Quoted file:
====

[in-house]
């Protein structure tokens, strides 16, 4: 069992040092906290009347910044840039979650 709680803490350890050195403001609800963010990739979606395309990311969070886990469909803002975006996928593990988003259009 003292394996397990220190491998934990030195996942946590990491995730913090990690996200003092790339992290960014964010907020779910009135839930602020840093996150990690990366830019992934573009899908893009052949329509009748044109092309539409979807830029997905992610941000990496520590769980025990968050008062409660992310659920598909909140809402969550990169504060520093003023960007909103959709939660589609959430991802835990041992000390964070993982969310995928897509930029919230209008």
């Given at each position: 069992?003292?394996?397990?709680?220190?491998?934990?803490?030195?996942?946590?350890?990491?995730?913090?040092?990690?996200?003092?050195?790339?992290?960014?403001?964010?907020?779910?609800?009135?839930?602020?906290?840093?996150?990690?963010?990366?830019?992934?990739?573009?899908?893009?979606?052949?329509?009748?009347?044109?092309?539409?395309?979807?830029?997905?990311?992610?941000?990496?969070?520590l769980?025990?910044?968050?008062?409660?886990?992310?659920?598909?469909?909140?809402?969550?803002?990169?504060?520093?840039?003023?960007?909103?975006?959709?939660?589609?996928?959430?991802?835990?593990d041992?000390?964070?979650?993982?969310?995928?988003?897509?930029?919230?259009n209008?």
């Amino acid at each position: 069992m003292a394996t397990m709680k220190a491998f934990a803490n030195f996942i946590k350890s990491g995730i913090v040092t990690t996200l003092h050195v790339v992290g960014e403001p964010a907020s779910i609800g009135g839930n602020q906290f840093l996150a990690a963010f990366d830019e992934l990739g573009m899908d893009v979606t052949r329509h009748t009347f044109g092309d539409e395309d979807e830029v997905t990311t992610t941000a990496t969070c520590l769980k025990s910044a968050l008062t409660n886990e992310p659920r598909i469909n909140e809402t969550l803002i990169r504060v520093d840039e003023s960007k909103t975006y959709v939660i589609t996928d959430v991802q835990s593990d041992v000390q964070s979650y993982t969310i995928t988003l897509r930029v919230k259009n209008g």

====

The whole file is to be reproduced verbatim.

[in-house]
């Protein structure tokens, strides 16, 4: 069992040092906290009347910044840039979650 709680803490350890050195403001609800963010990739979606395309990311969070886990469909803002975006996928593990988003259009 003292394996397990220190491998934990030195996942946590990491995730913090990690996200003092790339992290960014964010907020779910009135839930602020840093996150990690990366830019992934573009899908893009052949329509009748044109092309539409979807830029997905992610941000990496520590769980025990968050008062409660992310659920598909909140809402969550990169504060520093003023960007909103959709939660589609959430991802835990041992000390964070993982969310995928897509930029919230209008």
């Given at each position: 069992?003292?394996?397990?709680?220190?491998?934990?803490?030195?996942?946590?350890?990491?995730?913090?040092?990690?996200?003092?050195?790339?992290?960014?403001?964010?907020?779910?609800?009135?839930?602020?906290?840093?996150?990690?963010?990366?830019?992934?990739?573009?899908?893009?979606?052949?329509?009748?009347?044109?092309?539409?395309?979807?830029?997905?990311?992610?941000?990496?969070?520590l769980?025990?910044?968050?008062?409660?886990?992310?659920?598909?469909?909140?809402?969550?803002?990169?504060?520093?840039?003023?960007?909103?975006?959709?939660?589609?996928?959430?991802?835990?593990d041992?000390?964070?979650?993982?969310?995928?988003?897509?930029?919230?259009n209008?």
């Amino acid at each position: 069992m003292a394996t397990m709680k220190a491998f934990a803490n030195f996942i946590k350890s990491g995730i913090v040092t990690t996200l003092h050195v790339v992290g960014e403001p964010a907020s779910i609800g009135g839930n602020q906290f840093l996150a990690a963010f990366d830019e992934l990739g573009m899908d893009v979606t052949r329509h009748t009347f044109g092309d539409e395309d979807e830029v997905t990311t992610t941000a990496t969070c520590l769980k025990s910044a968050l008062t409660n886990e992310p659920r598909i469909n909140e809402t969550l803002i990169r504060v520093d840039e003023s960007k909103t975006y959709v939660i589609t996928d959430v991802q835990s593990d041992v000390q964070s979650y993982t969310i995928t988003l897509r930029v919230k259009n209008g």